VIDEO: Tracking An Endangered Hammerhead Shark For Thousands Of Kilometres

A hammerhead shark being measured. Image: Mauricio Hoyos

The precise movements of a young hammerhead shark have been tracked for the first time over a 10-month period.

The study, published in journal Animal Biotelemetry, reveals important gaps in current efforts to protect these endangered sharks and suggests key locations which should be protected.

Hammerhead sharks, which have recently received new protections from the UN Convention on the Conservation of Migratory Species of Wild Animals, are experiencing drastic population declines in excess of 90% in several parts of world.

Scalloped hammerhead sharks, found in the Gulf of California, Mexico, are particularly susceptible to being caught by fishing nets while moving into the open sea, but little information exists on their exact movements.

Researchers from the Centro Interdisciplinario de Ciencias Marinas, Mexico, and the University of California, Davis, travelled out into the Gulf of California by boat and collected three live juvenile hammerhead sharks.

At the base of their pelvic fins they inserted small electronic tracking devices, able to calculate position and depth, and then released the young sharks back into the water.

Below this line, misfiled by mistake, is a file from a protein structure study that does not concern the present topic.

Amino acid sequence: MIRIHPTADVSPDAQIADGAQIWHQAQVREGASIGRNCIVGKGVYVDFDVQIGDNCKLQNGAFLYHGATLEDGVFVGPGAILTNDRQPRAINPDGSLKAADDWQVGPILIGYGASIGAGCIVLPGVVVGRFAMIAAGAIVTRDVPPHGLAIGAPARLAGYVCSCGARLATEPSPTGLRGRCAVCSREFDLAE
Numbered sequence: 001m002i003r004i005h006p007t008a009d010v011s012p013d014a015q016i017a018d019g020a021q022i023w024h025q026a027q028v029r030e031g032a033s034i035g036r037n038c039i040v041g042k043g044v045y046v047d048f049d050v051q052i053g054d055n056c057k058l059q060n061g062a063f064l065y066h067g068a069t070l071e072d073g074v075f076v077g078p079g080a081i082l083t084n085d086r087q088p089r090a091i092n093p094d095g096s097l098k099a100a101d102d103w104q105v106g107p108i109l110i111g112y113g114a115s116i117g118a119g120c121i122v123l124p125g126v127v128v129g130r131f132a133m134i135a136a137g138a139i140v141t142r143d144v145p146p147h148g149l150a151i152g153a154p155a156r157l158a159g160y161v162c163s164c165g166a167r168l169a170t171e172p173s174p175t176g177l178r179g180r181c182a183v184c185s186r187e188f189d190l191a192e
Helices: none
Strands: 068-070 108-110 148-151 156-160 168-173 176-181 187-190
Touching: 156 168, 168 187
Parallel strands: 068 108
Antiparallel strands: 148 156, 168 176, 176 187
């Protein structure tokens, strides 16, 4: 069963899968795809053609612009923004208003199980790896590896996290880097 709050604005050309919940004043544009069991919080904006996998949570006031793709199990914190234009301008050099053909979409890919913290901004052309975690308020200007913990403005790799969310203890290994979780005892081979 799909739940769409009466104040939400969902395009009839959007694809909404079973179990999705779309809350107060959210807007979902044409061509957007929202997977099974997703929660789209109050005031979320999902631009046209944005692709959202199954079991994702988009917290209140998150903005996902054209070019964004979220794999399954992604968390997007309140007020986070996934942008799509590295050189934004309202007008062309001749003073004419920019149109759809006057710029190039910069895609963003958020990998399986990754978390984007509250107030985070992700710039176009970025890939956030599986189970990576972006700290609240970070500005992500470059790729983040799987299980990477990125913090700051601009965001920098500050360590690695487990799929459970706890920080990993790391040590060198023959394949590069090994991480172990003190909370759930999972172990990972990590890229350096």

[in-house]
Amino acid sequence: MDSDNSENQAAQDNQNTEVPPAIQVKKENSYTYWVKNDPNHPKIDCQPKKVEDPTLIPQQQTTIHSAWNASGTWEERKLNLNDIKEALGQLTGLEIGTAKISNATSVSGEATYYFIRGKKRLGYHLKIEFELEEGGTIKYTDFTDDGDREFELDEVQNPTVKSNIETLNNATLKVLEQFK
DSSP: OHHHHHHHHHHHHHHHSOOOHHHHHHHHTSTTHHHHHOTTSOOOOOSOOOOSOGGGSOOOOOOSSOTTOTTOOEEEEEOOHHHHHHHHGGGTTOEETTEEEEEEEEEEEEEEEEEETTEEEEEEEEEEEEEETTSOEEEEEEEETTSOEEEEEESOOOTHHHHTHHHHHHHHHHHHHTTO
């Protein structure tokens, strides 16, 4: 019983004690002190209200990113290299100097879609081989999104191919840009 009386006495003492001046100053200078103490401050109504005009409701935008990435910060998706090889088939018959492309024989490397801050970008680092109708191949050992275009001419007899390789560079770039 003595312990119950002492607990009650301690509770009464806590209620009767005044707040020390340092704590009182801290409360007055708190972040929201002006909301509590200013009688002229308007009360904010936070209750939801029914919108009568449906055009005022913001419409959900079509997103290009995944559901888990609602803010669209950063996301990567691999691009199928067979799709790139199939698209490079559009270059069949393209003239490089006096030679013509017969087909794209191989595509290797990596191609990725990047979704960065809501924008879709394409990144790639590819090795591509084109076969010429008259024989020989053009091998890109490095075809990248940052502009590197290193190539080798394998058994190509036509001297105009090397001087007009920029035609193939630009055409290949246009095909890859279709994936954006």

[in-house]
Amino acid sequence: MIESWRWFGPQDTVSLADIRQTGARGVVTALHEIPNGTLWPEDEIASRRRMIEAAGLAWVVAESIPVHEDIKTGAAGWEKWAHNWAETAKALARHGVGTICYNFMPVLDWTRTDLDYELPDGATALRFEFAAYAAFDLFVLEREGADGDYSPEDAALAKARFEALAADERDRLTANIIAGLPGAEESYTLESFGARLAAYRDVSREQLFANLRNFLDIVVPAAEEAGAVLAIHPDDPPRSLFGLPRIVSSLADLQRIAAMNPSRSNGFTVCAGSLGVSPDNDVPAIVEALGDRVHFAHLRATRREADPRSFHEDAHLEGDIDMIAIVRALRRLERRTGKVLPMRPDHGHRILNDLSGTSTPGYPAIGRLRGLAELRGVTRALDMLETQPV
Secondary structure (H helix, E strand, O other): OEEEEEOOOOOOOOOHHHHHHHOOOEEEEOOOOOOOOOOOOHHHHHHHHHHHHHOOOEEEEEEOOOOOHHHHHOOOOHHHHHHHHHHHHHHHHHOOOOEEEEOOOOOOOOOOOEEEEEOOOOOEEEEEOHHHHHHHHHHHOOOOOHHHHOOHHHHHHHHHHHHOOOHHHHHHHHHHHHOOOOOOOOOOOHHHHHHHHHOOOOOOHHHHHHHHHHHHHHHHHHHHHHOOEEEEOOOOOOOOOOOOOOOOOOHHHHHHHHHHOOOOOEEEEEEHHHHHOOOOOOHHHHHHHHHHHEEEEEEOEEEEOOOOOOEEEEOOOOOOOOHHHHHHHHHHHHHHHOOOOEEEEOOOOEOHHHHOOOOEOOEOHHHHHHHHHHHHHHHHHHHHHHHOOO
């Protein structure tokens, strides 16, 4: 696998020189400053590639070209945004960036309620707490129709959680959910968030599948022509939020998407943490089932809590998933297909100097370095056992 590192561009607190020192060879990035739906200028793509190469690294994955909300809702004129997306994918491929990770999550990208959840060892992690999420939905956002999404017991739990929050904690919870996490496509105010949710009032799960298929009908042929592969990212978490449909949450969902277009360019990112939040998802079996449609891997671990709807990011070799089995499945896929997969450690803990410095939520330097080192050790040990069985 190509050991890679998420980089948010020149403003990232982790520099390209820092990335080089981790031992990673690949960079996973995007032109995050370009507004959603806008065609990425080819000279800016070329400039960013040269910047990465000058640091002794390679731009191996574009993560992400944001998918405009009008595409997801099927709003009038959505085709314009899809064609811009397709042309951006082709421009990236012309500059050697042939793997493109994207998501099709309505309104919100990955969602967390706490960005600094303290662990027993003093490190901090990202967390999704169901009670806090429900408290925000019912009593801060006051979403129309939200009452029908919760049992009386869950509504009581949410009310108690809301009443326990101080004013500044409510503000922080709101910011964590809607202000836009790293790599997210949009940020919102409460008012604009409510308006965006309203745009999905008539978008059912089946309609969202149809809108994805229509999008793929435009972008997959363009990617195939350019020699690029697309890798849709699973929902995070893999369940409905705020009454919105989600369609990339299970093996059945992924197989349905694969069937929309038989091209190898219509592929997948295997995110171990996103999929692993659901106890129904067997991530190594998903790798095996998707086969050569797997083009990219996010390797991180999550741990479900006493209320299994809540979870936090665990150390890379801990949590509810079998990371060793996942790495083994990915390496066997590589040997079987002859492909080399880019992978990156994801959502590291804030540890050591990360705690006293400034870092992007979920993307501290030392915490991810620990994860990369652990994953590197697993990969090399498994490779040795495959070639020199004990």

Only one shark, a female which had grown to 123 cm, was recaptured 10 months later by local fisherman after they identified the visible tag and reward notice during fishing.

After the tracking device was removed and the shark released, the downloaded data revealed a wealth of information about her 3,350 km journey.

Study author Mauricio Hoyos says the key to protecting this species is detecting their nursery grounds and protecting them in their more vulnerable stages.

The young female hammerhead was found to swim within a school of fellow hammerheads at an offshore island during the day, but migrated away at night, diving to greater depths to feed on fish and squid, sometimes as deep as 270 metres.

The research suggests that juvenile female hammerheads are trading off the risks of greater exposure to predators in the open sea, in exchange for the opportunity to get offshore as early as possible and grow big quickly.

By doing this they can jockey for position, assert dominance in the schools, establish social rank and increase their reproductive potential.

Watch the video of the researchers tagging and releasing the hammerhead sharks:

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